I have a set of 2D positions, obtained by tracking an object with an rgb camera. For various reasons, I want to train a model so that given a new position I can estimate how likely it is that it was generated by the same underlying process as the original set.
I've modeled the distribution as a 2D normal and for the system I'm building it works fine, but I'm being asked to perform a normality test on the set of 2D positions to ensure this is indeed reasonable, or if for example I should be using a GMM.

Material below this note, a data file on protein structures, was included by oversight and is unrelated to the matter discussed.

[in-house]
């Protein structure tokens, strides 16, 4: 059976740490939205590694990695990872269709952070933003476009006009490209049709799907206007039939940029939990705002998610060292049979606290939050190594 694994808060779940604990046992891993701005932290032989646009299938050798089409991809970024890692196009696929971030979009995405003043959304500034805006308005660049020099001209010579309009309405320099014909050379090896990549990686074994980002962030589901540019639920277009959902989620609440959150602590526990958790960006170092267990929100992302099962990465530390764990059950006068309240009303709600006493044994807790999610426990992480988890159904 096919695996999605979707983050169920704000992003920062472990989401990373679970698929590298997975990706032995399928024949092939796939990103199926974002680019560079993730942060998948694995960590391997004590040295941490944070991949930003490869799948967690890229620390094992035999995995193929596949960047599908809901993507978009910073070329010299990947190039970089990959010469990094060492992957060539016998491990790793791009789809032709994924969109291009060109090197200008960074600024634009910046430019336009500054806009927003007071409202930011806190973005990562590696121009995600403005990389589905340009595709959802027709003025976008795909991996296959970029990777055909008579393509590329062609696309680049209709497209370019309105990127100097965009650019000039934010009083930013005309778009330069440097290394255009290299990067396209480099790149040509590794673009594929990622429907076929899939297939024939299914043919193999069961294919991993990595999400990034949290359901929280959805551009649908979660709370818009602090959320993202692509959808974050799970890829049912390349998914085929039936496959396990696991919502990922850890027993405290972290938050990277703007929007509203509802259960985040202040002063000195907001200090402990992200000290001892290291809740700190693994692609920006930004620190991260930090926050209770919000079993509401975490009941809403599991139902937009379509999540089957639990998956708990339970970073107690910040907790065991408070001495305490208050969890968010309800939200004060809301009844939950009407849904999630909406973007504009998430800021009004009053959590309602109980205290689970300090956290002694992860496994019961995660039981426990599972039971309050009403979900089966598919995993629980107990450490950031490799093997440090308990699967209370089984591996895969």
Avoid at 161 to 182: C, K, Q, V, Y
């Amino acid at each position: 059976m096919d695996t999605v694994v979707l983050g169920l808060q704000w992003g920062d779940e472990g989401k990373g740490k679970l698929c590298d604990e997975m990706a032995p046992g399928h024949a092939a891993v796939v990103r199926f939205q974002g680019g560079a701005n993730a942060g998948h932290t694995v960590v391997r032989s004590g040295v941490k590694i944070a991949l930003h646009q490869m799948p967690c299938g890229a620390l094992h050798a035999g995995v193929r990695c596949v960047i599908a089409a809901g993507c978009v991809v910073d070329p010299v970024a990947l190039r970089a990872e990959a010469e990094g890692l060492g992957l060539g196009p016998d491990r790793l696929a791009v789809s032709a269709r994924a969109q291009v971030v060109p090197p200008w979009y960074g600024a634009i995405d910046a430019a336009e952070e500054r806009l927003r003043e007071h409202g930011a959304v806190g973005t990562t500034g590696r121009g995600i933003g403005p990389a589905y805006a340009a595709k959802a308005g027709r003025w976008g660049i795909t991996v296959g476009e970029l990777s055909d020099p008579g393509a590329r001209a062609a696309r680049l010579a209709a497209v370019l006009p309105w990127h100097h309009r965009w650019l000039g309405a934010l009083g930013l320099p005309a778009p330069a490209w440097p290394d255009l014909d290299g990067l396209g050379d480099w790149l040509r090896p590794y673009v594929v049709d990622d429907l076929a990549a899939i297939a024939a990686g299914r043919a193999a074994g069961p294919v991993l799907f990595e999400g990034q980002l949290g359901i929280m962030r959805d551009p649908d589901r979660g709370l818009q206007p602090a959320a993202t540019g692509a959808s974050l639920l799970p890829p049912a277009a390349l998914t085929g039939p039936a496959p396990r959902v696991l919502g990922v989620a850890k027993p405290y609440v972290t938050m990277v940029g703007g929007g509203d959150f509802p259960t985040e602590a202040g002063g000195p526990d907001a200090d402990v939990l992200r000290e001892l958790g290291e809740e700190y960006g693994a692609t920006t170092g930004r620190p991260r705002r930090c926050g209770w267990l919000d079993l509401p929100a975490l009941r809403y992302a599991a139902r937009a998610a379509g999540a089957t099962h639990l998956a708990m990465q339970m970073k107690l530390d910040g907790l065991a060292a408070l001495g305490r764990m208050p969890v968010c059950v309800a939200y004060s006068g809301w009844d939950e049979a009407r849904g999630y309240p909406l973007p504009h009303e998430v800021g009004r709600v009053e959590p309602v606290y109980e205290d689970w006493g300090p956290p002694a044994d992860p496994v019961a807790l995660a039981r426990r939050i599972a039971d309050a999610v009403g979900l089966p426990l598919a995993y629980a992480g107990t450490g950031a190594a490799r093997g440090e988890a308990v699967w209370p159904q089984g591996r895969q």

I've found the Peacock Test for multivariate ks testing. However from what I could understand, it was developed to test two sets of samples come from the same distribution, or to check the fit of a single set of samples to a normal distribution with known parameters ($\mu$ and $\Sigma$).
- How could I test for the hypothesis that it comes from some normal distribution, even if I don't know $\mu$?
- I though about estimating $\mu$ and $\Sigma$ from the datapoints, then generating samples with the estimated parameters for a 2D normal, and performing the peacock test on the two sets of samples (the original and generated). This is intuitive but hardly rigorous.
- Would it be better to use BIC or similar and try to estimate the number of gaussians for a GMM, even if in most cases there would be just a single one?